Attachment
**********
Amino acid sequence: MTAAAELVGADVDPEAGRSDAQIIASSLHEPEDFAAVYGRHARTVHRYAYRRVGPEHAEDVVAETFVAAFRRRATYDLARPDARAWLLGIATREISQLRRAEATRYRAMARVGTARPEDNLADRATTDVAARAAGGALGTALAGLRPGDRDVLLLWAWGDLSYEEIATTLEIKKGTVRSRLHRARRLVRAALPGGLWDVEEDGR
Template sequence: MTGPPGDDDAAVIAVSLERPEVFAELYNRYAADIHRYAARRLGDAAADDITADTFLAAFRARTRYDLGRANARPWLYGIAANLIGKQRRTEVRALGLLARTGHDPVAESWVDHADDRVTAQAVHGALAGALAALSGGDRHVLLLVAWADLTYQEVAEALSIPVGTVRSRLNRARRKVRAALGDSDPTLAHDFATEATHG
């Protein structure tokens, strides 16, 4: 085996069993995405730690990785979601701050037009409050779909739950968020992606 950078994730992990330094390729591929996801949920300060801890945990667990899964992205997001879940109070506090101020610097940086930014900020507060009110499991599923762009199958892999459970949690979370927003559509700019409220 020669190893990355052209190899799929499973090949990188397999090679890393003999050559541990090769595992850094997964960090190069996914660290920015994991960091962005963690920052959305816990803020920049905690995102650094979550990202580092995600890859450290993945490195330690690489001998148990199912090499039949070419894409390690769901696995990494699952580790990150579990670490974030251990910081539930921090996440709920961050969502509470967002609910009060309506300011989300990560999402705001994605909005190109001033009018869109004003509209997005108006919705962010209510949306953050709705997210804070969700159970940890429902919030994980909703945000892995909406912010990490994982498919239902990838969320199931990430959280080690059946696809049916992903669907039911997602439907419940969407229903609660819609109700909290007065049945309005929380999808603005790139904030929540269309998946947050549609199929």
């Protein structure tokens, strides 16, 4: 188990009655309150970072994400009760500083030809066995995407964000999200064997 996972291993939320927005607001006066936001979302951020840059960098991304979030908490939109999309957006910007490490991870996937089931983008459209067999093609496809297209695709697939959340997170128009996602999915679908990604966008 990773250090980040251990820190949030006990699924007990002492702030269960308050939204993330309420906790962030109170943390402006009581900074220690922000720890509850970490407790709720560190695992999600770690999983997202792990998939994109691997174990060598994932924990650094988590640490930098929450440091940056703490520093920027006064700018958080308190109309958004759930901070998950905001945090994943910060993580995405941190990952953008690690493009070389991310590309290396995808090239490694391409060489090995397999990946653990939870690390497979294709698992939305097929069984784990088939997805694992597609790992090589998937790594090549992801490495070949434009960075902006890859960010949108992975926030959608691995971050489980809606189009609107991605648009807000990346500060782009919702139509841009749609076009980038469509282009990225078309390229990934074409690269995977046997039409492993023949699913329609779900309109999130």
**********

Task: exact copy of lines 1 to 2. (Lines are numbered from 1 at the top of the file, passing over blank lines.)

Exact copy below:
Amino acid sequence: MTAAAELVGADVDPEAGRSDAQIIASSLHEPEDFAAVYGRHARTVHRYAYRRVGPEHAEDVVAETFVAAFRRRATYDLARPDARAWLLGIATREISQLRRAEATRYRAMARVGTARPEDNLADRATTDVAARAAGGALGTALAGLRPGDRDVLLLWAWGDLSYEEIATTLEIKKGTVRSRLHRARRLVRAALPGGLWDVEEDGR
Template sequence: MTGPPGDDDAAVIAVSLERPEVFAELYNRYAADIHRYAARRLGDAAADDITADTFLAAFRARTRYDLGRANARPWLYGIAANLIGKQRRTEVRALGLLARTGHDPVAESWVDHADDRVTAQAVHGALAGALAALSGGDRHVLLLVAWADLTYQEVAEALSIPVGTVRSRLNRARRKVRAALGDSDPTLAHDFATEATHG